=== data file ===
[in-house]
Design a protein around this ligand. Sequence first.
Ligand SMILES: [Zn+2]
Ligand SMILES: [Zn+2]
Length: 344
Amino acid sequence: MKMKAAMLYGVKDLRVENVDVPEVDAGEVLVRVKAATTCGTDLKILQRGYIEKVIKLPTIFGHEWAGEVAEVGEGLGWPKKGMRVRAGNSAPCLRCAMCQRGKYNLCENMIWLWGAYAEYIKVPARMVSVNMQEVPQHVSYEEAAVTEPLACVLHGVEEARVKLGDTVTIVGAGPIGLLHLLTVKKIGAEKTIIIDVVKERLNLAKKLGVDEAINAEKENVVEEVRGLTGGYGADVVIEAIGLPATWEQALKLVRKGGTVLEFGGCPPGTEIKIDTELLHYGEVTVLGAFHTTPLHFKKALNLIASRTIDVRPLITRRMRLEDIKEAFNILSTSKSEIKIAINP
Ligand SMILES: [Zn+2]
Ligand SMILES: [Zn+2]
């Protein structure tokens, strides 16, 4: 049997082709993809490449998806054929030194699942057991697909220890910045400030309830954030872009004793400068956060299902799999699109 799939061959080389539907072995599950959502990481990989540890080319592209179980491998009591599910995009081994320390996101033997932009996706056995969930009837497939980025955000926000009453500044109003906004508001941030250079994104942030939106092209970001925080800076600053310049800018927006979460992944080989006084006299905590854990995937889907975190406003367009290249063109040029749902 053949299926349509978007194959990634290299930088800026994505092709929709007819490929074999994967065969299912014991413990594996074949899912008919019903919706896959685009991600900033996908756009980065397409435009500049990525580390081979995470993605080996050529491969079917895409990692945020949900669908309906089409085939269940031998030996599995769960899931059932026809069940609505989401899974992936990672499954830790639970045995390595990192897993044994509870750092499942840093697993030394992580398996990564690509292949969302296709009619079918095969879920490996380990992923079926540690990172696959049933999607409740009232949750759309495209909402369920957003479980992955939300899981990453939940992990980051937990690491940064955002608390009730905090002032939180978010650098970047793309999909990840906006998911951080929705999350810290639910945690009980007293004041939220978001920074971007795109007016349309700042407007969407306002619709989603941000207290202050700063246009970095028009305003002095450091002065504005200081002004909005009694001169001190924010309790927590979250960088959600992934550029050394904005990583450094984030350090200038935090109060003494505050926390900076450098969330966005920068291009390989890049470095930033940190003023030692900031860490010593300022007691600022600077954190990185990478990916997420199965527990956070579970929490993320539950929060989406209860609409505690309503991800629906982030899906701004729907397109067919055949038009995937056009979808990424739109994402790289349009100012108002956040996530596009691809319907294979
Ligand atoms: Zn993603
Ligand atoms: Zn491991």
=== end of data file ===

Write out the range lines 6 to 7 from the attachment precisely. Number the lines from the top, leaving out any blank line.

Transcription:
Amino acid sequence: MKMKAAMLYGVKDLRVENVDVPEVDAGEVLVRVKAATTCGTDLKILQRGYIEKVIKLPTIFGHEWAGEVAEVGEGLGWPKKGMRVRAGNSAPCLRCAMCQRGKYNLCENMIWLWGAYAEYIKVPARMVSVNMQEVPQHVSYEEAAVTEPLACVLHGVEEARVKLGDTVTIVGAGPIGLLHLLTVKKIGAEKTIIIDVVKERLNLAKKLGVDEAINAEKENVVEEVRGLTGGYGADVVIEAIGLPATWEQALKLVRKGGTVLEFGGCPPGTEIKIDTELLHYGEVTVLGAFHTTPLHFKKALNLIASRTIDVRPLITRRMRLEDIKEAFNILSTSKSEIKIAINP
Ligand SMILES: [Zn+2]